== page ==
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Atmospheric Chemistry and Physics An interactive open-access journal of the European Geosciences Union
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Volume 9, issue 9 | Copyright
Atmos. Chem. Phys., 9, 3113-3136, 2009
https://doi.org/10.5194/acp-9-3113-2009
© Author(s) 2009. This work is distributed under
the Creative Commons Attribution 3.0 License.

  14 May 2009

14 May 2009

The impact of traffic emissions on atmospheric ozone and OH: results from QUANTIFY

P. Hoor1, J. Borken-Kleefeld2, D. Caro3, O. Dessens4, O. Endresen5, M. Gauss6, V. Grewe7, D. Hauglustaine3, I. S. A. Isaksen6, P. Jöckel1, J. Lelieveld1, G. Myhre6,8, E. Meijer9, D. Olivie10, M. Prather11, C. Schnadt Poberaj12, K. P. Shine13, J. Staehelin12, Q. Tang11, J. van Aardenne14, P. van Velthoven9, and R. Sausen7 P. Hoor et al.
  • 1Max Planck Institute for Chemistry, Dept. of Atmospheric Chemistry, 55020 Mainz, Germany
  • 2Transportation Studies, German Aerospace Center (DLR), Berlin, Germany
  • 3Laboratoire des Sciences du Climat et de l'Environment (LSCE), CEN de Saclay, Gif-sur-Yvette, France
  • 4Centre for Atmospheric Science, Dept. of Chemistry, Cambridge, UK
  • 5DNV, Det Norske Veritas (DNV), Oslo, Norway
  • 6Dept. of Geosciences, University of Oslo, Norway
  • 7Deutsches Zentrum für Luft- und Raumfahrt, Inst. für Physik der Atmosphäre, Oberpaffenhofen, 82234 Wessling, Germany
  • 8Center for International Climate and Environmental Research-Oslo (CICERO), Oslo, Norway
  • 9Royal Netherlands Meteorological Institute, KNMI, De Bilt, The Netherlands
  • 10Meteo France, CNRS, Toulouse, France
  • 11Department of Earth System Science, University of California, Irvine, USA
  • 12Institute for Atmospheric and Climate Science, Swiss Federal Institute of Technology, Zürich, Switzerland
  • 13Department of Meteorology, University of Reading, UK
  • 14Joint Research Center, JRC, Ispra, Italy

Abstract. To estimate the impact of emissions by road, aircraft and ship traffic on ozone and OH in the present-day atmosphere six different atmospheric chemistry models have been used. Based on newly developed global emission inventories for road, ship and aircraft emission data sets each model performed sensitivity simulations reducing the emissions of each transport sector by 5%.

The model results indicate that on global annual average lower tropospheric ozone responds most sensitive to ship emissions (50.6%±10.9% of the total traffic induced perturbation), followed by road (36.7%±9.3%) and aircraft exhausts (12.7%±2.9%), respectively. In the northern upper troposphere between 200–300 hPa at 30–60° N the maximum impact from road and ship are 93% and 73% of the maximum effect of aircraft, respectively. The latter is 0.185 ppbv for ozone (for the 5% case) or 3.69 ppbv when scaling to 100%. On the global average the impact of road even dominates in the UTLS-region. The sensitivity of ozone formation per NOx molecule emitted is highest for aircraft exhausts.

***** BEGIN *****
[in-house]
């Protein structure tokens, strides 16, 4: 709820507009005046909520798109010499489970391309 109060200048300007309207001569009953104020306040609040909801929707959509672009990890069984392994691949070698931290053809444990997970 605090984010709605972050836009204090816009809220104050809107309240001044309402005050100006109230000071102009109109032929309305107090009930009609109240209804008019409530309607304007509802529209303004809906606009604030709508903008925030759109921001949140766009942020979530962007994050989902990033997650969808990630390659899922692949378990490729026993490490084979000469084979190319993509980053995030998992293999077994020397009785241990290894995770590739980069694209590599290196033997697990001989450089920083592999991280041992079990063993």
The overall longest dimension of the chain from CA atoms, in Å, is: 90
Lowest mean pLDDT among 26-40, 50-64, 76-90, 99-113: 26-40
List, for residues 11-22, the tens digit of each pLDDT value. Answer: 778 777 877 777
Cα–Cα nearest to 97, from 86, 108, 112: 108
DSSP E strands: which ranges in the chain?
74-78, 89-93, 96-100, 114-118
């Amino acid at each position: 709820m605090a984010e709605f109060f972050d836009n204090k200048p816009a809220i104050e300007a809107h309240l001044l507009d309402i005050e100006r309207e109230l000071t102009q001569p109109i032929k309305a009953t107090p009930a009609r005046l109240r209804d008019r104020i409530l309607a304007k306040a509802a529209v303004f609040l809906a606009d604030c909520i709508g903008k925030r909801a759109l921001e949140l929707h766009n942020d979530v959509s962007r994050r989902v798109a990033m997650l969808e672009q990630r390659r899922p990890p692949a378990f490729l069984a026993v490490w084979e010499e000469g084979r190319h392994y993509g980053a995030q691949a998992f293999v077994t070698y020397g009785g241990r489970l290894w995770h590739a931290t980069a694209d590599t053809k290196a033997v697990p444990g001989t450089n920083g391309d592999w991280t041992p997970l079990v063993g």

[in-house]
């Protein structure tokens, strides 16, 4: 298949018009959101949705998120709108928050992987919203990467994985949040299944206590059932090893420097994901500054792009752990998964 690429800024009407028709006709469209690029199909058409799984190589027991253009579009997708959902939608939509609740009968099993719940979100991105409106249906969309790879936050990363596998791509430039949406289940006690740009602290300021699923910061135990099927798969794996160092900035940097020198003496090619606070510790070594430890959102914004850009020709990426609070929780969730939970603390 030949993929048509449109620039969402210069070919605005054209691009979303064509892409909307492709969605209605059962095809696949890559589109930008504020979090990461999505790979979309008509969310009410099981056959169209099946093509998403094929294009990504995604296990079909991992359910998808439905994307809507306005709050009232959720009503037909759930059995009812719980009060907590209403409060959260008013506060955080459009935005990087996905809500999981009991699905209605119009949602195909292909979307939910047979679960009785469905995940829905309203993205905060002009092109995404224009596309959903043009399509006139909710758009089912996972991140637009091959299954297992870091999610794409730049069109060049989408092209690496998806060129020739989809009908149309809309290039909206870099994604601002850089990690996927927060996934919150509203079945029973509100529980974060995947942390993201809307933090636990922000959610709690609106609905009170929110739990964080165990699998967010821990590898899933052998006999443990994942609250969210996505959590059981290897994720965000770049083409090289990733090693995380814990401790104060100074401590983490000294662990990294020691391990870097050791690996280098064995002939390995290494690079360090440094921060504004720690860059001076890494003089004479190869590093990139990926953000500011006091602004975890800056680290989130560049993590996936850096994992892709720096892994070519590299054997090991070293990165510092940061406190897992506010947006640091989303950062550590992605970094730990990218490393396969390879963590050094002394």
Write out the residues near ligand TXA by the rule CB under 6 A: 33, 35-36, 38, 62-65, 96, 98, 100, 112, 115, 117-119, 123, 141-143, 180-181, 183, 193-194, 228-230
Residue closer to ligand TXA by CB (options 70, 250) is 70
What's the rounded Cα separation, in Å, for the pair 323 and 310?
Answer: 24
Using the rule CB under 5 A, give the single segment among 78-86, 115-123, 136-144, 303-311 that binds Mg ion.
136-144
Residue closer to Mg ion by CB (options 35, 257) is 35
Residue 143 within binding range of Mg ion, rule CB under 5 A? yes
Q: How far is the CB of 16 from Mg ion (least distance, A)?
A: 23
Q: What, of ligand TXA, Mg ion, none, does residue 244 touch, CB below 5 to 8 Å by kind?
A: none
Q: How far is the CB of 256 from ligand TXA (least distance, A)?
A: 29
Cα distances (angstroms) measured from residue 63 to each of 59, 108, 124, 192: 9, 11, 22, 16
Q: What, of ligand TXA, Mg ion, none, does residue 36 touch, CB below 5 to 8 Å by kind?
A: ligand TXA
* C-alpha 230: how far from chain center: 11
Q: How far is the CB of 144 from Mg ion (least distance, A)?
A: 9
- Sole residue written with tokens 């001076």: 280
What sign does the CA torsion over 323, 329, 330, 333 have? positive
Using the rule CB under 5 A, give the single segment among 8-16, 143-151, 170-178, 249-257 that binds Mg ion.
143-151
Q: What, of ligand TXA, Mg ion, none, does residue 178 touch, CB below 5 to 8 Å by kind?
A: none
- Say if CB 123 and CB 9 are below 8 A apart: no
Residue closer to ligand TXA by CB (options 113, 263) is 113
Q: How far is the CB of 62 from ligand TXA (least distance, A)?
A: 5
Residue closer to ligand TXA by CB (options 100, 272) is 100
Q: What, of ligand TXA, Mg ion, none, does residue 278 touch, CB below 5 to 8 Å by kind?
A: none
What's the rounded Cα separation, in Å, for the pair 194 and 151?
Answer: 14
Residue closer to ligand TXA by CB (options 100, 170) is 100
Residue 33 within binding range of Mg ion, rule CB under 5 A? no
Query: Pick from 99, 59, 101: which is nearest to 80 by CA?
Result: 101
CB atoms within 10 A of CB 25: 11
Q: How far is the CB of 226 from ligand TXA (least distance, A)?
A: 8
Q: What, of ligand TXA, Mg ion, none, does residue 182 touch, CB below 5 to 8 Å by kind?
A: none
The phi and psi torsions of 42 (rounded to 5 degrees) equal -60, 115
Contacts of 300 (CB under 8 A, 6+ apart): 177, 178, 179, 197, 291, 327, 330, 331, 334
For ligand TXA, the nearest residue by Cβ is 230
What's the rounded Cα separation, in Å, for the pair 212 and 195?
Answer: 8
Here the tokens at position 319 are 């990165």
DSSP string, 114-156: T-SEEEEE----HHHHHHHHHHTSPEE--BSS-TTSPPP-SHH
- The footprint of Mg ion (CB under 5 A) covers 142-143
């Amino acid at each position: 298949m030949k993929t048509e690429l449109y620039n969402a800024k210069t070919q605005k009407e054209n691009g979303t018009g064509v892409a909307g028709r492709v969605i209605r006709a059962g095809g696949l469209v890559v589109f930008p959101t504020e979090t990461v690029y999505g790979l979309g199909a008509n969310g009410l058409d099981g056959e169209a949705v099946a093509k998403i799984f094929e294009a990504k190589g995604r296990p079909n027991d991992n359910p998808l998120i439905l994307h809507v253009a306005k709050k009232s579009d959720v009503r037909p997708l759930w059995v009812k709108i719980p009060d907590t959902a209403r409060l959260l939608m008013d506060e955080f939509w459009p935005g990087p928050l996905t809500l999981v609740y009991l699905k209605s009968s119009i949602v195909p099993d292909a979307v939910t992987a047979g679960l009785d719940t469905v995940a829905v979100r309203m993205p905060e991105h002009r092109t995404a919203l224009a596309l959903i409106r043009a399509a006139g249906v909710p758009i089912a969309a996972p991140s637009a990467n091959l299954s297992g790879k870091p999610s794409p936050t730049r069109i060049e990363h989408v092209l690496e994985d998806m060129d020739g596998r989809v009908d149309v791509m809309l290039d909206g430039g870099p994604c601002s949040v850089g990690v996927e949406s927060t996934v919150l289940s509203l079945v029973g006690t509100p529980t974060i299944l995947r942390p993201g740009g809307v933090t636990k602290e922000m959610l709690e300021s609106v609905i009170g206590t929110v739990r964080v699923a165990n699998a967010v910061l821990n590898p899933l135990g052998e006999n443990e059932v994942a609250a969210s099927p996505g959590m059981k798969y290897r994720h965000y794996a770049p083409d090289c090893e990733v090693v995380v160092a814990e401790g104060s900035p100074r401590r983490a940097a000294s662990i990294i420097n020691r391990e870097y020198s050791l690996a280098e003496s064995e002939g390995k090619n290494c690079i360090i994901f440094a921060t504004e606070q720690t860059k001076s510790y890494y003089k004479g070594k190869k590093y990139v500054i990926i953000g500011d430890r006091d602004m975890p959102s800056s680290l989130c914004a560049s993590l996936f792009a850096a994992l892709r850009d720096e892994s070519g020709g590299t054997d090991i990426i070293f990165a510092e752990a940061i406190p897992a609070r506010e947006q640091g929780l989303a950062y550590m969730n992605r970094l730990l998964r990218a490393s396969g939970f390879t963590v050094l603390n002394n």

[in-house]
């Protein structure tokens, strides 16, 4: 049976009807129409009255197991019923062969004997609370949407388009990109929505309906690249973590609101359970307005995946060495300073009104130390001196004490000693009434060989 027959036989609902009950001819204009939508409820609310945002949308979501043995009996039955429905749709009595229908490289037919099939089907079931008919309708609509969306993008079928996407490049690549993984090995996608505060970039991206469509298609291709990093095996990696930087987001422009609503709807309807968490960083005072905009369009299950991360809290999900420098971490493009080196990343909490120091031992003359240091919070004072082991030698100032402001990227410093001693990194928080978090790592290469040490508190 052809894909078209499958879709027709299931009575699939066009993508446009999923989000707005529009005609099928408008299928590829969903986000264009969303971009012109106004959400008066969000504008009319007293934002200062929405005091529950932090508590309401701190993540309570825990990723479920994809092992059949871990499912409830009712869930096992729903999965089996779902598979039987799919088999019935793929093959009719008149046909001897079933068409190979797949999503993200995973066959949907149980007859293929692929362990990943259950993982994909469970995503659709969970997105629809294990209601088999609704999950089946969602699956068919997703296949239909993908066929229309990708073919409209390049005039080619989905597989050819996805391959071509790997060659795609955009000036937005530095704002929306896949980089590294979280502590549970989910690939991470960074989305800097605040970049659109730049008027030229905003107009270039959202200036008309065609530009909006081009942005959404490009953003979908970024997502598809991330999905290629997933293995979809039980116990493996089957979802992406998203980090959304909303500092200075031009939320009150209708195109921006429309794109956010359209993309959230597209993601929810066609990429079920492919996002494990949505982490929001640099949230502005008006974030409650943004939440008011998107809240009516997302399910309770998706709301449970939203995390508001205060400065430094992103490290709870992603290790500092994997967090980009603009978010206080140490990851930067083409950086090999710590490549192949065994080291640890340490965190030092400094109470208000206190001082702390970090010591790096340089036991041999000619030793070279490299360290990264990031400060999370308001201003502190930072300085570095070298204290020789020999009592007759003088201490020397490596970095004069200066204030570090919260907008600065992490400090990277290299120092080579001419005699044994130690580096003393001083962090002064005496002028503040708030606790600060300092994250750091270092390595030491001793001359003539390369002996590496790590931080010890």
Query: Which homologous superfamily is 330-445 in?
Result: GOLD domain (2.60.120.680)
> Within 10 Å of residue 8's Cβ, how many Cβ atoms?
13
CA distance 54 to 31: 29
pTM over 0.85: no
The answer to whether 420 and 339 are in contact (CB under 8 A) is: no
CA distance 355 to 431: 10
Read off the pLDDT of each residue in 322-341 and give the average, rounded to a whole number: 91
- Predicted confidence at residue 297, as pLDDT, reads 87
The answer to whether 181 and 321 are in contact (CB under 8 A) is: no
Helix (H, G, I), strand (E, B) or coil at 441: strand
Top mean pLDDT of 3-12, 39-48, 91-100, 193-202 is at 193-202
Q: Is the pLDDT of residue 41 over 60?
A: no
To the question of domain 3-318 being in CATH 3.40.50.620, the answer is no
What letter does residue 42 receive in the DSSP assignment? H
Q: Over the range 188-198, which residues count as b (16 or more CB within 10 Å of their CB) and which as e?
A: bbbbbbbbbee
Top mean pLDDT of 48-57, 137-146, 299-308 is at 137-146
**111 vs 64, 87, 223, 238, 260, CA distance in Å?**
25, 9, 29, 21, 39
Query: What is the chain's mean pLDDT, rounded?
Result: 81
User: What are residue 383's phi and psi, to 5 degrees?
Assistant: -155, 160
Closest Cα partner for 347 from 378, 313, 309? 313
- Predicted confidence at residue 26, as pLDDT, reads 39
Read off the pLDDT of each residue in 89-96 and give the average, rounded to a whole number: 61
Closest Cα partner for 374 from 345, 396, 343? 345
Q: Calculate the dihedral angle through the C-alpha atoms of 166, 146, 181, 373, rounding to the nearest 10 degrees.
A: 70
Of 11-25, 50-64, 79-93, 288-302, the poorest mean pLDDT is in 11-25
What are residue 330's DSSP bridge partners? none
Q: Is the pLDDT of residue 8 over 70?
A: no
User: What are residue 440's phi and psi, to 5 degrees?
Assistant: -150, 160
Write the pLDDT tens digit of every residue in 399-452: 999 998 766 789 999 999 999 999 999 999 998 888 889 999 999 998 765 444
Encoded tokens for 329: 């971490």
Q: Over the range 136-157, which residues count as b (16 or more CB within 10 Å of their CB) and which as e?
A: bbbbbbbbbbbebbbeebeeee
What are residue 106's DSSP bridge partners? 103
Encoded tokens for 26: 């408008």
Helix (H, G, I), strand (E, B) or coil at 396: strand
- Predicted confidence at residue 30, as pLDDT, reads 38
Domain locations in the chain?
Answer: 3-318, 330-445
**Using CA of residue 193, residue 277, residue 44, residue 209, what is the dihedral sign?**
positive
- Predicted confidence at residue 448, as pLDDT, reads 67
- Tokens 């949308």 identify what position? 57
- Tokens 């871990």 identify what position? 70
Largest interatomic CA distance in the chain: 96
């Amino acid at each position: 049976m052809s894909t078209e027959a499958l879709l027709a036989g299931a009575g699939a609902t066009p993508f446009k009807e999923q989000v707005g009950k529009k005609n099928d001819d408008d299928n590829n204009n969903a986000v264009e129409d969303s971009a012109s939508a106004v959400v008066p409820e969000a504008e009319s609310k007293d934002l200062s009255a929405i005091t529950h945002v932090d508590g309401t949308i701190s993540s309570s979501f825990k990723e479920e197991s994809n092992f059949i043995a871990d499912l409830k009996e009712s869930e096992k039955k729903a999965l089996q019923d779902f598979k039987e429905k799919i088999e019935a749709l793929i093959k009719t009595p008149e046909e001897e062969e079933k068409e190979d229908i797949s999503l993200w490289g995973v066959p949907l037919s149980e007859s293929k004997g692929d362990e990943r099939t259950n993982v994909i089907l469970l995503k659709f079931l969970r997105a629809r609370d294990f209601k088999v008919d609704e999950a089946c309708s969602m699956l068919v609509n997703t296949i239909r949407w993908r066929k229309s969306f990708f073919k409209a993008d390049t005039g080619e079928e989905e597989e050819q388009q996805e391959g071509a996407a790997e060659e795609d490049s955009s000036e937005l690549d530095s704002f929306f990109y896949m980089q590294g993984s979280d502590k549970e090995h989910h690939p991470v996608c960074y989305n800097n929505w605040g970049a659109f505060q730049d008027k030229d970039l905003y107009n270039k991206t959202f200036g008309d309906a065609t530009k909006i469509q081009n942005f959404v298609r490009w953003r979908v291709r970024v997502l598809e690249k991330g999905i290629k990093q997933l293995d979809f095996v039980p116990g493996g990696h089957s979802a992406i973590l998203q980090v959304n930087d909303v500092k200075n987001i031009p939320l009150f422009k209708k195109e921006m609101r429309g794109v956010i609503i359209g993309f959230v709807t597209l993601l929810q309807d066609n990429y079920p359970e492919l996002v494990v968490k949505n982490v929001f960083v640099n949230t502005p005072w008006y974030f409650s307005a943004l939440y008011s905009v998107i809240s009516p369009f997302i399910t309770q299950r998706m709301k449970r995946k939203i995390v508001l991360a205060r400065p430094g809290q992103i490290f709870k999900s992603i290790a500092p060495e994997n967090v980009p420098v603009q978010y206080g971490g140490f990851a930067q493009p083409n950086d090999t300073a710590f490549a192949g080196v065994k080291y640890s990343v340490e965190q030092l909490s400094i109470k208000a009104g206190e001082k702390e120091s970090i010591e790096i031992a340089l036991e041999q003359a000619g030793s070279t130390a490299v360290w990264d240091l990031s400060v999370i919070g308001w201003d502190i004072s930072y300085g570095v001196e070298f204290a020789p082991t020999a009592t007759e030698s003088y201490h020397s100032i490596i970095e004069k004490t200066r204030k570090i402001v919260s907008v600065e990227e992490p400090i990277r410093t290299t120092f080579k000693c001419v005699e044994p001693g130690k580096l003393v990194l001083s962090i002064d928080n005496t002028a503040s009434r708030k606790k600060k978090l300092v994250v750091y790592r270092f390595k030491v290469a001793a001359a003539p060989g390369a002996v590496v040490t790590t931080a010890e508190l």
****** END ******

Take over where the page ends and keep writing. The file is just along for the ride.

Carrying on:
The local maximum effect of the summed traffic emissions on the ozone column predicted by the models is 0.2 DU and occurs over the northern subtropical Atlantic extending to central Europe. Below 800 hPa both ozone and OH respond most sensitively to ship emissions in the marine lower troposphere over the Atlantic. Based on the 5% perturbation the effect on ozone can exceed 0.6% close to the marine surface (global zonal mean) which is 80% of the total traffic induced ozone perturbation. In the southern hemisphere ship emissions contribute relatively strongly to the total ozone perturbation by 60%–80% throughout the year.

Methane lifetime changes against OH are affected strongest by ship emissions up to 0.21 (± 0.05)%, followed by road (0.08 (±0.01)%) and air traffic (0.05 (± 0.02)%).
Based on the full scale ozone and methane perturbations positive radiative forcings were calculated for road emissions (7.3±6.2 mWm−2) and for aviation (2.9±2.3 mWm−2). Ship induced methane lifetime changes dominate over the ozone forcing and therefore lead to a net negative forcing (−25.5±13.2 mWm−2).

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